Trackwork for Plumpton Green
There are of course, many approaches to trackwork, from commercially available track and turnouts; to kits of parts; to components for scratchbuilding, and for those who choose to scratchbuild, there are many alternatives. My approach is based on lessons learned and experience from previous layouts, combined with an element of keeping up to date with current techniques.
Plumpton Green is being built to P4 standards, but the concepts are equally applicable to EM or OO, or indeed other scales and gauges.
West Chiltington trackwork was built using the ‘Brook-Smith’ method - plywood sleepers, with rivets embedded, to which the rail was soldered. This layout pre-dated the cast whitemetal cosmetic chairs, and the later functional plastic chairs. Pulborough used the same technique for the turnouts, but used plastic track for straight sections. Brighton Road used hand-built track throughout, combining ply-wood sleepers and rivets for all trackwork. However, not all sleepers were riveted - for straight track, typically every fourth or fifth sleeper was riveted and soldered, whilst the others used functional plastic chairs glued to the sleepers. A few sections of straight track were built using only functional chairs glued to the plywood sleepers.
Newer methods have evolved, including plastic sleepers with functional plastic chairs; scale thickness wooden sleepers; kits of parts for turnouts (pre-cut sleepers and prepared V-crossings and switch rails); complete kits for turnouts with correct chairs.
I like the appearance of wooden sleepers, and the availability of C&L plastic chairs means that fully chaired track is a must. However, Plumpton Green will be an exhibition layout so the trackwork needs to be robust (and from experience, adjustable), and I’m not convinced that trackwork entirely made from plastic will fit the requirements, which leads me towards a mixture of partly soldered and partly plastic functional chaired trackwork.
Perhaps the biggest change in my track building is the use of the computer software ‘Templot’. I’ve obviously been aware of it for some time, but have never needed to use it - I don’t think it was around when we were planning Brighton Road. As a piece of software it’s a bit quirky, especially if you’re used to using more conventional drafting aids. It took me a while to understand how to use its many features, but a few pointers and hints from friends eventually got me started. Plumpton Green will be based around 1910, and ‘Brighton’ trackwork at this period was not standard - interlaced sleepering in turnouts, short check rails etc - but Templot is capable of replicating all of these features. There are many good features of Templot but the best part when planning a layout is the ease with which templates can be moved around to arrive at a satisfactory layout.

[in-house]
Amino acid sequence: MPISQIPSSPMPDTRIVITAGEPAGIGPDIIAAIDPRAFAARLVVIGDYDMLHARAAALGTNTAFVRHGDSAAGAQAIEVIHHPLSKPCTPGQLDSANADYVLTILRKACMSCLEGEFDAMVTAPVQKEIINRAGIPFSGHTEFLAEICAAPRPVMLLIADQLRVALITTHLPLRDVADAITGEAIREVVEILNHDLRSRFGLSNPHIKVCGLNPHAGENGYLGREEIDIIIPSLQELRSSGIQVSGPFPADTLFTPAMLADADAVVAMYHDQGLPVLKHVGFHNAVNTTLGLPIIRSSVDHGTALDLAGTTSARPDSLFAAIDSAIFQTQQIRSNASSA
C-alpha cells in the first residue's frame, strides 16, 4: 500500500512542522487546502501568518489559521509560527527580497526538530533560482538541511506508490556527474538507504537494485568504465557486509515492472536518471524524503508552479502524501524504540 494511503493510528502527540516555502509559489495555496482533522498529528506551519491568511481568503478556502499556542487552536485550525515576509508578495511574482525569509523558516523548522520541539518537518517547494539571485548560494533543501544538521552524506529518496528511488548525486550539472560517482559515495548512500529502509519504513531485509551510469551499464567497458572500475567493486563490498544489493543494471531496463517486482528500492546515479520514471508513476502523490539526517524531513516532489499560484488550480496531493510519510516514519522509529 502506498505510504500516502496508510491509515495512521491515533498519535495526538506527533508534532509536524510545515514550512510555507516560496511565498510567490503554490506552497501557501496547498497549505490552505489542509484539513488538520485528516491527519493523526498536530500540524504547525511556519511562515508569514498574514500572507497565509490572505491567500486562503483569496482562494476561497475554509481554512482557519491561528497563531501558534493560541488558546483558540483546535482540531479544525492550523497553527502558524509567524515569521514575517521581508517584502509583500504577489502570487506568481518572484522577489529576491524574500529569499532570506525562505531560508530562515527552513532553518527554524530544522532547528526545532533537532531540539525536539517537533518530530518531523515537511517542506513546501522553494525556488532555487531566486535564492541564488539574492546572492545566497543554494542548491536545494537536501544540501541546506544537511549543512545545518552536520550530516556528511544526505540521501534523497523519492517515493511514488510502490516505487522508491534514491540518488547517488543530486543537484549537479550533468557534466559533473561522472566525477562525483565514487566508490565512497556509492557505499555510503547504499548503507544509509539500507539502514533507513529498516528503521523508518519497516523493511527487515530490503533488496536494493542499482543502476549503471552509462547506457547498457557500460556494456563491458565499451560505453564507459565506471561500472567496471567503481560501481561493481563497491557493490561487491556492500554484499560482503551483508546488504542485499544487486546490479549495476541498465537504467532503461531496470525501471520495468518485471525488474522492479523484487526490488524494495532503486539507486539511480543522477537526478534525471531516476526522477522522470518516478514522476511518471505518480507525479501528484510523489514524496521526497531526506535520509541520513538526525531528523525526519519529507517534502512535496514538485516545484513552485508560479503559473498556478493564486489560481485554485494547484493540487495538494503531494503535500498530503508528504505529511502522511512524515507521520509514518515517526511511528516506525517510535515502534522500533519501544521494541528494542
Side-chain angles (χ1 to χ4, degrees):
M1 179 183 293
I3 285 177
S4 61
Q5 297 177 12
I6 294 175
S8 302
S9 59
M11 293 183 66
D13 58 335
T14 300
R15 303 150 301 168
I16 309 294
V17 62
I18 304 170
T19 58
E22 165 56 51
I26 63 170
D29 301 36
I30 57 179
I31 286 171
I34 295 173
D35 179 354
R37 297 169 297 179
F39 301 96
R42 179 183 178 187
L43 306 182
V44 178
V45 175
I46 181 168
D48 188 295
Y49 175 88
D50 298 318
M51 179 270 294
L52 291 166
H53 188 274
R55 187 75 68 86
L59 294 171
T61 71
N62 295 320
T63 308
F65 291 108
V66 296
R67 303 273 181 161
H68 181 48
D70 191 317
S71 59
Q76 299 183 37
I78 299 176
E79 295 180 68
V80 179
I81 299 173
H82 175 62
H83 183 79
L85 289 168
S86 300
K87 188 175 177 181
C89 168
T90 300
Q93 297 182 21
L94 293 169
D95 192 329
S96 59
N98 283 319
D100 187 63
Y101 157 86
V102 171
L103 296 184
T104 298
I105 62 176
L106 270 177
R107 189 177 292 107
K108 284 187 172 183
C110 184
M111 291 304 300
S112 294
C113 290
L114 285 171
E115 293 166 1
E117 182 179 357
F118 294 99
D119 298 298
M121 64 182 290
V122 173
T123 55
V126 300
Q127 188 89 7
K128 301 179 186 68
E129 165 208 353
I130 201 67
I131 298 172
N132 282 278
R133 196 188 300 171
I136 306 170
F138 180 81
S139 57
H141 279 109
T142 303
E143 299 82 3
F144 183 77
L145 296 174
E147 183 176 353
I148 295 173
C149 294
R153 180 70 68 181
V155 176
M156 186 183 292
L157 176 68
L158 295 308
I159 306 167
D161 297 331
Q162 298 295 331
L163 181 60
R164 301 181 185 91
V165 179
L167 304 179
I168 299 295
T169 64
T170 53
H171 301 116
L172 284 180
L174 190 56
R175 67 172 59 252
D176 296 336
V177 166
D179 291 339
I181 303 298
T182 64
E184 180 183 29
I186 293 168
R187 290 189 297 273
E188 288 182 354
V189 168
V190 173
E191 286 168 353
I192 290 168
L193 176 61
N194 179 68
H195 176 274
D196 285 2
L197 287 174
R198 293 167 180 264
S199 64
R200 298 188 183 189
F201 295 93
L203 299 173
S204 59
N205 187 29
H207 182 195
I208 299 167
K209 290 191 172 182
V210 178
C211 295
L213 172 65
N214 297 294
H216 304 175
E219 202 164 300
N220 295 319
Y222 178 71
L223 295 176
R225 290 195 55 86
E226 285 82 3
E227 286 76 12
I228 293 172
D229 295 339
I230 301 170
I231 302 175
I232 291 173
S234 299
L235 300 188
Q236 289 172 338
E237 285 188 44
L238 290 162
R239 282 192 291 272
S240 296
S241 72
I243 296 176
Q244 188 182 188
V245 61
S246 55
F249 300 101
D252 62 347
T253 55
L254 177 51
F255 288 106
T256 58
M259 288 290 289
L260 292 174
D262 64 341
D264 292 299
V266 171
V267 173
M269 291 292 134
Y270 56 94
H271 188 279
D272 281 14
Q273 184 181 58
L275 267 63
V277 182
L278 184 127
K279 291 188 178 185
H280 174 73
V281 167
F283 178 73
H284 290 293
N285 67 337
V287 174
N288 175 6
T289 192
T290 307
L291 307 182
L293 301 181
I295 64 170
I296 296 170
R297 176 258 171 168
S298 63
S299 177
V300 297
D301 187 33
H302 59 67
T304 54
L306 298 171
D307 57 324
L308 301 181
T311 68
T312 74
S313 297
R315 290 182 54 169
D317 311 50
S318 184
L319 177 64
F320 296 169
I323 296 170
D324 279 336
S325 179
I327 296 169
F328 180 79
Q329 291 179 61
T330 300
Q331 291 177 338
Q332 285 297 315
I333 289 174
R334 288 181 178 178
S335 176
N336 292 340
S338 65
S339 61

My start point for the layout was a 1:2500 scale Ordnance Survey plan from 1909, giving the basic layout, and a reasonable idea of the overall dimensions of the prototype. As described elsewhere in my Diary of a Model Railway, Plumpton at full scale would require about 40ft - and I only have 16ft available.. Templot can show an imported background plan, as well as the detailed track-plan, so by a series of incremental changes to both the background plan, and the track plan, I was (relatively easily) able to reduce the full-scale Plumpton to a do-able Plumpton Green, which I hope still looks like a prototypically sized country station. Templot’s ability to print a track-plan at small scale (say 10% or 20%) is invaluable at this stage, to get an idea of what the layout will look like.
Learning how to use Templot was a bit slow, and I undoubtedly made a few mistakes along the way. Having learned the basics about how to create and modify templates (turnouts of different dimensions, straight track, parallel tracks, crossovers, diamond crossings and slips etc), I started to make detailed modifications (altering the sleepering to interlaced sleepers for example) much too early in the process. I subsequently made a few changes to the basic trackwork geometry, only to then have to make the detailed changes all over again. The plan on the right shows the final drawing of the entrance to the goods yard, with interlaced sleepering, and short check rails.
The most useful advice I was given from a friend who is very familiar with the software was ‘learn all about pegs and notches’. If you don’t understand how these work, then you’re unlikely to make much further progress.